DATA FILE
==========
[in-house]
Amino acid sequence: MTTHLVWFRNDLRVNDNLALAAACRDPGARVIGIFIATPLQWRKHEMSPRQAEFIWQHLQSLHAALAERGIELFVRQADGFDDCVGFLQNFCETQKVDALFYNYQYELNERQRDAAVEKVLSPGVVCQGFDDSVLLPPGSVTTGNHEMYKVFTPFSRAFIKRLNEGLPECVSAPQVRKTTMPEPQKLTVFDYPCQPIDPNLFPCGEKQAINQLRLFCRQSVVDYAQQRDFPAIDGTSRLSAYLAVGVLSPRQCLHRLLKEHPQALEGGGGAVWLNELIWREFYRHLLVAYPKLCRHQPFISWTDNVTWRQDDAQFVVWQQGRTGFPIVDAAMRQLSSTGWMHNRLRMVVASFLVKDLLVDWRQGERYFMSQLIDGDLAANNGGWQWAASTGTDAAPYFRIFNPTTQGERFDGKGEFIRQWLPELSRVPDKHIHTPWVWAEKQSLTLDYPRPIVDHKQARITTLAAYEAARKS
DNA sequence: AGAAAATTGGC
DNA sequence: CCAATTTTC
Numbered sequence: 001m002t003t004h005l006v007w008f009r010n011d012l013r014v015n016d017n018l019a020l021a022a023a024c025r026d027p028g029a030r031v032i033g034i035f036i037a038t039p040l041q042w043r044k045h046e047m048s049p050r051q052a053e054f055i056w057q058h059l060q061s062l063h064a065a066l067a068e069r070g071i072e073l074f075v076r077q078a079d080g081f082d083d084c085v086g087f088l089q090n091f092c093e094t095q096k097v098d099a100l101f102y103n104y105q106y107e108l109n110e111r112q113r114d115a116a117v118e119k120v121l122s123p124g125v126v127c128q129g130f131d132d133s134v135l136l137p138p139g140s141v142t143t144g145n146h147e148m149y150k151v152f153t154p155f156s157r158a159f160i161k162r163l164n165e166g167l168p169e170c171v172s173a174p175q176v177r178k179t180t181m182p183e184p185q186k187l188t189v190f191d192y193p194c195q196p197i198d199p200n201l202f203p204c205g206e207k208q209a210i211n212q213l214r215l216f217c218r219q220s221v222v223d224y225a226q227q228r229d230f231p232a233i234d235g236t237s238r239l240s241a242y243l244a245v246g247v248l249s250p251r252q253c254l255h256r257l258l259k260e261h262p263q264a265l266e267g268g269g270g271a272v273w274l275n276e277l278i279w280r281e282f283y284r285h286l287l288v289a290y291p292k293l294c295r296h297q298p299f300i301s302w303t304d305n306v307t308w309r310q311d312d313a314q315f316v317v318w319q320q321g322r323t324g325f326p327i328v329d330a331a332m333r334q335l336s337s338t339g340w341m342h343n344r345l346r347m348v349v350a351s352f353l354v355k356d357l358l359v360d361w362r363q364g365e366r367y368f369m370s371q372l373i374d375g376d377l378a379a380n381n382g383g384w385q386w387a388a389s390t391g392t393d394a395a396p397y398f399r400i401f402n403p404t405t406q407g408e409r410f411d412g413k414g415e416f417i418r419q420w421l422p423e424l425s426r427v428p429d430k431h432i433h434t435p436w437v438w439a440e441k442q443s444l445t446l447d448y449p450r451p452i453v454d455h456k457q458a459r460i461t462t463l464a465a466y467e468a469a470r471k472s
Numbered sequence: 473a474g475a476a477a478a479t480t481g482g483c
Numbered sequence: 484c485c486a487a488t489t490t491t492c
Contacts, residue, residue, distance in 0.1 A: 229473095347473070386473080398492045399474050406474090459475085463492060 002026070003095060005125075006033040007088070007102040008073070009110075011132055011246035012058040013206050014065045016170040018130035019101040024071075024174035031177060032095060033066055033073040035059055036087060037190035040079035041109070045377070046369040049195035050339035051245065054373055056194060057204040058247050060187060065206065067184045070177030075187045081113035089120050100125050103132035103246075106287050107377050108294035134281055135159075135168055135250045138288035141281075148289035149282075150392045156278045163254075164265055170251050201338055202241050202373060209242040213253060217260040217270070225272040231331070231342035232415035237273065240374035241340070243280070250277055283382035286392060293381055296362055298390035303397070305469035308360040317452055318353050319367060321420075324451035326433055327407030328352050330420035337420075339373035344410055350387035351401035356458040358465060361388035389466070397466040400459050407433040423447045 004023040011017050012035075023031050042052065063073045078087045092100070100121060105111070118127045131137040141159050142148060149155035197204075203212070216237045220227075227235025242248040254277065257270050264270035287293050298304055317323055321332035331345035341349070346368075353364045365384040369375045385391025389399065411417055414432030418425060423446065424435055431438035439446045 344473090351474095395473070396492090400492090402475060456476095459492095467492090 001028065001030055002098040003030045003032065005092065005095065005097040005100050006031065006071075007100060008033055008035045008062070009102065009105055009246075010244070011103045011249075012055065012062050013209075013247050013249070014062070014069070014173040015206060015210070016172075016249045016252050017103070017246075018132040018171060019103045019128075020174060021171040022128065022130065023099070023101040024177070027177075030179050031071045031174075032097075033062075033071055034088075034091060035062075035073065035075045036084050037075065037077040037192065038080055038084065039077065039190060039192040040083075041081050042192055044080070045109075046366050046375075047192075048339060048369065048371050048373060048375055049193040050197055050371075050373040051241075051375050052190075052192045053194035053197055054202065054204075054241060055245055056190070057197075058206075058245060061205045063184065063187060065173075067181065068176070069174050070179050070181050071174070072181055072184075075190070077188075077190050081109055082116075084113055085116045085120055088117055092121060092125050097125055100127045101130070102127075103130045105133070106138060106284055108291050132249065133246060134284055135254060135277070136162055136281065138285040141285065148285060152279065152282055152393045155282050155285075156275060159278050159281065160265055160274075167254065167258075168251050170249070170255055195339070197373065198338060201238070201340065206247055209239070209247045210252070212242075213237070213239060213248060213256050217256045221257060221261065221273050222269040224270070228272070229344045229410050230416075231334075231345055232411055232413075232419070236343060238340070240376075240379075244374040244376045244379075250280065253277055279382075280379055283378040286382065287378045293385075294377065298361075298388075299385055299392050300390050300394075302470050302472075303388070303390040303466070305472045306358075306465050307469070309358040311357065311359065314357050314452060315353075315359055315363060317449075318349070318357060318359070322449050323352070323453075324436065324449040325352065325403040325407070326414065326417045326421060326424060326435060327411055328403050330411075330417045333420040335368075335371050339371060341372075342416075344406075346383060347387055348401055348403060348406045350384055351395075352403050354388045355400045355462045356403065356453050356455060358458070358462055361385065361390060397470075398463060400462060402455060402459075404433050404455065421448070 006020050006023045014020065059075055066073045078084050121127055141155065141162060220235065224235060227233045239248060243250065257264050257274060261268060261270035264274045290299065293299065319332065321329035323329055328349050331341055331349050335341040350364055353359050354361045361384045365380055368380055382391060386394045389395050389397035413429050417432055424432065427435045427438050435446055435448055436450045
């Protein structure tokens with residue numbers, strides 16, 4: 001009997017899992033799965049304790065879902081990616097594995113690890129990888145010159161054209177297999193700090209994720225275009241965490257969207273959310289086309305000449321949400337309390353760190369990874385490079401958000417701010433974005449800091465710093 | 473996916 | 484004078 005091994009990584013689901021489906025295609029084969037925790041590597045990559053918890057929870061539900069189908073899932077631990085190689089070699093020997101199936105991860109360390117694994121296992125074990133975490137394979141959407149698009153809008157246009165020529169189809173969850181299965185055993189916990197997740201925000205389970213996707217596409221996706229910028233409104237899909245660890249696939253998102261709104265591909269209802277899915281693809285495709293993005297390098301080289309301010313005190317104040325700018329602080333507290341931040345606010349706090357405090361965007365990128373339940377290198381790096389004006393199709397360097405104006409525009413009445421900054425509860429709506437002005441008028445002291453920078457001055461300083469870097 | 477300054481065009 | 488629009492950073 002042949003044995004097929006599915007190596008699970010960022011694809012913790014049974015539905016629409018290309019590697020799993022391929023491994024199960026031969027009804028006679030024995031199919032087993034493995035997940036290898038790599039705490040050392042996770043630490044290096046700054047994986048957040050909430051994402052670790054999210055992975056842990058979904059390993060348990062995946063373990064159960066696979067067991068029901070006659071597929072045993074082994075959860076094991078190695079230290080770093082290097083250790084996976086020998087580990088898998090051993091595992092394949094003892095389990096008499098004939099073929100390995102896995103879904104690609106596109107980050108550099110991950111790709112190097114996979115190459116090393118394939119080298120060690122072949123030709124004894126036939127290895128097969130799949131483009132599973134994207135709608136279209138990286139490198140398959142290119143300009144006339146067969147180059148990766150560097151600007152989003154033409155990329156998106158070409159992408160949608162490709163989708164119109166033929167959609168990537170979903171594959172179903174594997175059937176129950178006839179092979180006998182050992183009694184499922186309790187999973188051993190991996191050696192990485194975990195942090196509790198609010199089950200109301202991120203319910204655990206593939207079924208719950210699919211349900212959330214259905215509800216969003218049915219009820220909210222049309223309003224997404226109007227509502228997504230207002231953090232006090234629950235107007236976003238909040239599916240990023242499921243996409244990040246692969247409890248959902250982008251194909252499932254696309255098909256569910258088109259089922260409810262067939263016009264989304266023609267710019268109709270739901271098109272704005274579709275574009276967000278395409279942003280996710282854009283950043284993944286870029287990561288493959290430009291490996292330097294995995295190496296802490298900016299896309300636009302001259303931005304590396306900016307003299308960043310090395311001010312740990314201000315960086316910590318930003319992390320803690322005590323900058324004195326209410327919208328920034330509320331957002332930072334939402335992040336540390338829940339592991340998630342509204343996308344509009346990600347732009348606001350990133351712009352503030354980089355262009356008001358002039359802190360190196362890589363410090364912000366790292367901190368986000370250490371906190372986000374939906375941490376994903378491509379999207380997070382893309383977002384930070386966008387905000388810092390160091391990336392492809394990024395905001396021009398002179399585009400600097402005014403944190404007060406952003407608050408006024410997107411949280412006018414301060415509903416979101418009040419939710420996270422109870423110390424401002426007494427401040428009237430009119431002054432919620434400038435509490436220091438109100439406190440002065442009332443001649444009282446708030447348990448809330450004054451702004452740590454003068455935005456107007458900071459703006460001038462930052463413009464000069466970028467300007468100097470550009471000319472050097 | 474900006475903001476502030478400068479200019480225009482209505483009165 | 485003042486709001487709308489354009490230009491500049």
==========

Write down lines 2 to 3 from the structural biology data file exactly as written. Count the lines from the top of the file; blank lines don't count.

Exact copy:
Amino acid sequence: MTTHLVWFRNDLRVNDNLALAAACRDPGARVIGIFIATPLQWRKHEMSPRQAEFIWQHLQSLHAALAERGIELFVRQADGFDDCVGFLQNFCETQKVDALFYNYQYELNERQRDAAVEKVLSPGVVCQGFDDSVLLPPGSVTTGNHEMYKVFTPFSRAFIKRLNEGLPECVSAPQVRKTTMPEPQKLTVFDYPCQPIDPNLFPCGEKQAINQLRLFCRQSVVDYAQQRDFPAIDGTSRLSAYLAVGVLSPRQCLHRLLKEHPQALEGGGGAVWLNELIWREFYRHLLVAYPKLCRHQPFISWTDNVTWRQDDAQFVVWQQGRTGFPIVDAAMRQLSSTGWMHNRLRMVVASFLVKDLLVDWRQGERYFMSQLIDGDLAANNGGWQWAASTGTDAAPYFRIFNPTTQGERFDGKGEFIRQWLPELSRVPDKHIHTPWVWAEKQSLTLDYPRPIVDHKQARITTLAAYEAARKS
DNA sequence: AGAAAATTGGC